“We then met a French side that clicked on the day, like the French sometimes can, but it was a great World Cup for me. I felt I’d been involved in something special.
“Four years later in 2007 was the other end of the scale; we didn’t function as a team and didn’t really enjoy the tournament.
“We didn’t play particularly well and it was a bit of a disaster really but – aside from playing for the Lions – featuring in a World Cup was a real highlight for me.”
Easterby believes England’s shock win over world champions New Zealand on Saturday has renewed belief that 2015 could spring some surprises.
“You can never go too far away from picking New Zealand and it’d be no surprise if they won it again,” he said.
“But England have showed they’re not unbeatable and it’s a good thing for world rugby that they did. Although the All Blacks had gone 20 games unbeaten, England have now shown other teams that they aren’t invincible.”
Many of the current New Zealand side, including captain Richie McCaw, centres Ma’a Nonu and Conrad Smith plus prop Tony Woodcock, will be nearing their mid-30s when the tournament comes around, so they could be caught in a transition period.
However, Easterby warned: “The amazing thing about New Zealand is they probably have players playing in the NPC now that we haven’t even heard of who will just come in and take over if any of their players do pack in or head to Japan or France.
“But it’s so difficult to predict what will happen at the next World Cup as it is still so far away.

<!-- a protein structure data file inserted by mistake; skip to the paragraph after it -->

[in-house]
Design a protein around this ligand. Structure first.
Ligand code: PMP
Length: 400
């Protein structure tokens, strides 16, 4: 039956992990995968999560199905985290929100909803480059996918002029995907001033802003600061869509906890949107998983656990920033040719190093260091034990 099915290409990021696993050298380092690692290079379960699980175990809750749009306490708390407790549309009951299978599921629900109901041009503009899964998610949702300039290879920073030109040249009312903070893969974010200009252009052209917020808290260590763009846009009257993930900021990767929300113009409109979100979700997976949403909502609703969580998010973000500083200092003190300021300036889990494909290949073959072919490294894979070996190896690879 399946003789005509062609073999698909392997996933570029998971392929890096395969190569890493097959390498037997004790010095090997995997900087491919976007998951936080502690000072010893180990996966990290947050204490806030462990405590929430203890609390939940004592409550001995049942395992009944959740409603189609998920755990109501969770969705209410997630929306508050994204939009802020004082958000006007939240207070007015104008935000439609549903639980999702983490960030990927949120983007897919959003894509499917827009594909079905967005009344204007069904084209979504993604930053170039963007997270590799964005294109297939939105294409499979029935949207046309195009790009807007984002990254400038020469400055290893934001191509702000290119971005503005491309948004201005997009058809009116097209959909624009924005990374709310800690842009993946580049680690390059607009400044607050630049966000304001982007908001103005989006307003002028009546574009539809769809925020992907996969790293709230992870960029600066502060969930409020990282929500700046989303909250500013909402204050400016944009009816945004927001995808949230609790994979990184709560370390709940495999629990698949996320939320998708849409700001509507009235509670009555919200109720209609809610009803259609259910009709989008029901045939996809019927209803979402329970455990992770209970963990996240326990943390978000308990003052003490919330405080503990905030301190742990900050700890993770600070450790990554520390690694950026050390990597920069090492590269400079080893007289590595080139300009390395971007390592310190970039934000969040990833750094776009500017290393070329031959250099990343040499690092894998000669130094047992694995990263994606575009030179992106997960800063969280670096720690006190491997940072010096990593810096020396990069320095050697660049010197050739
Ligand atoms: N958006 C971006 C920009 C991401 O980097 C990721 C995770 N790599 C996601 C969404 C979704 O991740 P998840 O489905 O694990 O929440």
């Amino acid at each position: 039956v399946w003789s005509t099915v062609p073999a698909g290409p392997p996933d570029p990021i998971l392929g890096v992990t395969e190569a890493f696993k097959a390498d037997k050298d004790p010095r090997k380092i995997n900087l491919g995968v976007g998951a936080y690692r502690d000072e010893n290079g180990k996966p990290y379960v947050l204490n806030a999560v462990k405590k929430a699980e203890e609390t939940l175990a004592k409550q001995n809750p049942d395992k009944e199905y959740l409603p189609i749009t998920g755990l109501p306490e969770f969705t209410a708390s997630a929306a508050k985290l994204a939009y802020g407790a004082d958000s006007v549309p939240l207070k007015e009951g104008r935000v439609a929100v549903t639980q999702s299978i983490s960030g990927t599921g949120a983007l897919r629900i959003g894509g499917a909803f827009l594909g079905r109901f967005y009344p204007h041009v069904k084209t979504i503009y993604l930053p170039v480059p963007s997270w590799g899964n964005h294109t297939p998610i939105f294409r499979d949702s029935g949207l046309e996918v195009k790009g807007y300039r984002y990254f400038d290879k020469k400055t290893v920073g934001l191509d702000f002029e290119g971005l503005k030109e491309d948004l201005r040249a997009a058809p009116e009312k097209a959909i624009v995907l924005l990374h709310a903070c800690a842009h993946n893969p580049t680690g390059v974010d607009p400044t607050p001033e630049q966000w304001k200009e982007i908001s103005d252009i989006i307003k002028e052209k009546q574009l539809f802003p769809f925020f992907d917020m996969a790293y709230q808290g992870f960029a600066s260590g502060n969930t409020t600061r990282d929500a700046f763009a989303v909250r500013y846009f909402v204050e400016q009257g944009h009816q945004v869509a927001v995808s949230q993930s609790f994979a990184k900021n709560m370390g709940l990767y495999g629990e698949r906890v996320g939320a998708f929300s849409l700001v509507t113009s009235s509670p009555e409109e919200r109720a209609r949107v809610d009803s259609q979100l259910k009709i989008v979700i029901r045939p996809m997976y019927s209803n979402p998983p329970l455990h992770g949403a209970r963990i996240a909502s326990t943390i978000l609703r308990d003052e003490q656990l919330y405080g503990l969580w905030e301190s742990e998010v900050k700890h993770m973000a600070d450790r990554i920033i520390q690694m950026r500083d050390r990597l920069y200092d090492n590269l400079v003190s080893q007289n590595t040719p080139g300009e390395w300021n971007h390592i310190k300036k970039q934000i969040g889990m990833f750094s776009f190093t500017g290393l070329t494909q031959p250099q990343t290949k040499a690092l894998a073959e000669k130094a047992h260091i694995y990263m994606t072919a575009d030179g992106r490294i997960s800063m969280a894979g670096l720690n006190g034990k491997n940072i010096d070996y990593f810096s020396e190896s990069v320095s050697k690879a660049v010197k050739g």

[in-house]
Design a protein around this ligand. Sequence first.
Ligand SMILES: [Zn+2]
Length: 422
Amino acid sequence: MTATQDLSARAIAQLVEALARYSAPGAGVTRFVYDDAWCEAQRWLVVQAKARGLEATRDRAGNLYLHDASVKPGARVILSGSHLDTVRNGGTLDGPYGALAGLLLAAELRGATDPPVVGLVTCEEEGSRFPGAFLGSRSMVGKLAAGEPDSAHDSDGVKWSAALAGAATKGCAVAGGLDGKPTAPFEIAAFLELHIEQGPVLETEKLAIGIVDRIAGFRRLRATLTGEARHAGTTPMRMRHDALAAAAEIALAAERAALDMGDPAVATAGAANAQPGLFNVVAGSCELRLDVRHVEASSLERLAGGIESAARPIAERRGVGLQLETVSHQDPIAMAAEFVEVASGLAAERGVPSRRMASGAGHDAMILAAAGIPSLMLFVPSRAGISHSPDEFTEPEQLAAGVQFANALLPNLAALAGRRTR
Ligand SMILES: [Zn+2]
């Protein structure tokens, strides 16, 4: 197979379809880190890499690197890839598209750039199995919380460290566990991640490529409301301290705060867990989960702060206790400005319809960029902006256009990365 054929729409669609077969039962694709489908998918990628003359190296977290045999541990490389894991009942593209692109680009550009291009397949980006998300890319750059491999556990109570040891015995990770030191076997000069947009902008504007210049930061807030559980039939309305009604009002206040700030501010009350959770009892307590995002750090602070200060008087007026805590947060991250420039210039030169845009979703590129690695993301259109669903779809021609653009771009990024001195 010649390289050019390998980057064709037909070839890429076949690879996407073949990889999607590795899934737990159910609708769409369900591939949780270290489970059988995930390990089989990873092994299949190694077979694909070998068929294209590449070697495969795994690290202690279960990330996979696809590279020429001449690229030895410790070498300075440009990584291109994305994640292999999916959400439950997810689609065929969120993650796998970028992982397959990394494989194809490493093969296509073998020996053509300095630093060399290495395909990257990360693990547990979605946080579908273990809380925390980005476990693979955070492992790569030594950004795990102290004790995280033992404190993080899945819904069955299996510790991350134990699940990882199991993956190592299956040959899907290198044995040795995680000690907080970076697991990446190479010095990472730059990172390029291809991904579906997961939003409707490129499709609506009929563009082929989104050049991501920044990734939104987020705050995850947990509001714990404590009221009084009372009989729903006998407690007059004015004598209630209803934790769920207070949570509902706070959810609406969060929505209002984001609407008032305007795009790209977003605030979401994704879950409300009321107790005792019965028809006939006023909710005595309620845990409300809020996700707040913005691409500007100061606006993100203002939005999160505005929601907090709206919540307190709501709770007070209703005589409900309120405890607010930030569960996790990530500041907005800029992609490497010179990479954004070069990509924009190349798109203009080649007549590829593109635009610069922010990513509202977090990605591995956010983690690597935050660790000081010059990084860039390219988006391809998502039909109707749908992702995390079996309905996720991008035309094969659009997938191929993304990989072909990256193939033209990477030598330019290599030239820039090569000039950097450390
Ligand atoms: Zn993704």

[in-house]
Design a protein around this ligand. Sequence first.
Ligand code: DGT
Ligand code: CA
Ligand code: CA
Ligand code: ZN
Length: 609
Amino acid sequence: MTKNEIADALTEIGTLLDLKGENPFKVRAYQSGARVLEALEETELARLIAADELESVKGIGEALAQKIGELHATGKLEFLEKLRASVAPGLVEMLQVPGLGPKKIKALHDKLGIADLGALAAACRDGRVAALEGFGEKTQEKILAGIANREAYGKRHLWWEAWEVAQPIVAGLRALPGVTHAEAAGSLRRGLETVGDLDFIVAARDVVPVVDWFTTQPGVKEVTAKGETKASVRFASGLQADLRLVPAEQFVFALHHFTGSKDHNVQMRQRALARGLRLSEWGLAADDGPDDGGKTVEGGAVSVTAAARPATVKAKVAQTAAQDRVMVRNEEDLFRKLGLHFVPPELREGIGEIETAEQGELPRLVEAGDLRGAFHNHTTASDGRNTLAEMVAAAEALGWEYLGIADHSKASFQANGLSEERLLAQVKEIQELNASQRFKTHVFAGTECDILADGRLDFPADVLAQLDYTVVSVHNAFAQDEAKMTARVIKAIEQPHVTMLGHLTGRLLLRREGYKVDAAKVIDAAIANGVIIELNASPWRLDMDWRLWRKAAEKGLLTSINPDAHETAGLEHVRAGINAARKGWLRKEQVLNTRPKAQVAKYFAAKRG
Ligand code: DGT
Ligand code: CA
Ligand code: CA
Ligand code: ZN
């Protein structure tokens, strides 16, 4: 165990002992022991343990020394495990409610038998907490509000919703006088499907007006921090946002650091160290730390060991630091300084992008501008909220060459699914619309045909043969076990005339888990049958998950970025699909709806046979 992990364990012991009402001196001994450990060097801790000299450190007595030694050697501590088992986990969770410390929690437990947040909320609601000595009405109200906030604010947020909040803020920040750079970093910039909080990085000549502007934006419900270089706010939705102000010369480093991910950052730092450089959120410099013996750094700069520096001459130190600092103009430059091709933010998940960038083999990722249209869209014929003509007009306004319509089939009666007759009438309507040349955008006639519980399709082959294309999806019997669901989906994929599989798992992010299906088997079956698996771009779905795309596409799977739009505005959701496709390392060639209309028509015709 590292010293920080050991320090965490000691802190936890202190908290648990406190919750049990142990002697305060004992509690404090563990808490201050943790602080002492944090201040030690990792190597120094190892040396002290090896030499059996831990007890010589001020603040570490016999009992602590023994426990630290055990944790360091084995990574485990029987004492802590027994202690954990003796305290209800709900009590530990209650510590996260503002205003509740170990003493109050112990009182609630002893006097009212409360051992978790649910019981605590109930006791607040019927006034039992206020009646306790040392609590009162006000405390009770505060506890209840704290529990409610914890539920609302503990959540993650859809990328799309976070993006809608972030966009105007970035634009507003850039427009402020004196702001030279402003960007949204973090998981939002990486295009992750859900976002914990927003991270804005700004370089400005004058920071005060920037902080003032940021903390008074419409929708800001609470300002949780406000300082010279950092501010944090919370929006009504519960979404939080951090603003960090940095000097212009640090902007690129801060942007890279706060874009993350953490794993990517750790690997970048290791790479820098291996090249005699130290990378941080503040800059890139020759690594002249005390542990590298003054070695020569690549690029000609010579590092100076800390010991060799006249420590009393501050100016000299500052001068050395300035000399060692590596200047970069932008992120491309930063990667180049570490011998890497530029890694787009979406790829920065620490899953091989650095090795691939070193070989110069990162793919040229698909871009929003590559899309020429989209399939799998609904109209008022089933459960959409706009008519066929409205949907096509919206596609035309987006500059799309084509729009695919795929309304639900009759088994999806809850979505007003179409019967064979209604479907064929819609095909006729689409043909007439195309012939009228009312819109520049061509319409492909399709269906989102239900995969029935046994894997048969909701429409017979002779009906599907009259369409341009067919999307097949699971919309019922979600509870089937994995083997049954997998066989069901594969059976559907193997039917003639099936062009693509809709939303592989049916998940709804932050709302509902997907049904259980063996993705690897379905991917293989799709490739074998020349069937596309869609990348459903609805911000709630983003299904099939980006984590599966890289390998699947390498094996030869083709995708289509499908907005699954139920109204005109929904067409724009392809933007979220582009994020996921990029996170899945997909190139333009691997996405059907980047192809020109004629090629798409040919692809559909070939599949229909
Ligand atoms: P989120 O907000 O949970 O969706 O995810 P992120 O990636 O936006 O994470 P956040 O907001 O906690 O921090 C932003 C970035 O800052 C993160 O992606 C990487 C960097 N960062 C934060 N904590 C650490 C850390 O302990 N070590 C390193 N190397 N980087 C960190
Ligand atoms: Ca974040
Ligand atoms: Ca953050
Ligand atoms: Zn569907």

“England will fancy themselves on the back of that New Zealand win but, if they’d not beaten the All Blacks, this autumn series would have been considered a big disappointment with just one win against Fiji.”
Easterby, 37, is a former Leeds team-mate of England coach Stuart Lancaster and he praised him for the manner in which he held his nerve when the Red Rose came under fire for poor decision-making.
“I know Stuart has praised the players for that All Blacks win, but a lot of credit has got to go to him for the fact he did not react too much,” he said.
“England got some stick for what happened against South Africa and Australia, but then didn’t go too far away from what they were doing in training.
“It paid off. They came out and played the best rugby against the best side in the world.”
Easterby, obviously, has his finger on the pulse when it comes to the Welsh game considering his current role and a long playing career with Llanelli.
Wales may be on a seven-match losing run but he believes they, too, could prove a real force in 2015.
“Wales have probably had the toughest autumn fixtures with Samoa, Argentina, Australia and New Zealand,” he said.
“That’s a difficult list and there’s been some small margins.
“They just missed out on beating Australia at the weekend losing in the last minute and, let’s not forget, they are Six Nations grand slam champions and reached the World Cup semis last year.
“So much can happen between now and 2015. But it should be a very competitive World Cup.”
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Thursday 23 May 2013
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Temperature: 6 C to 12 C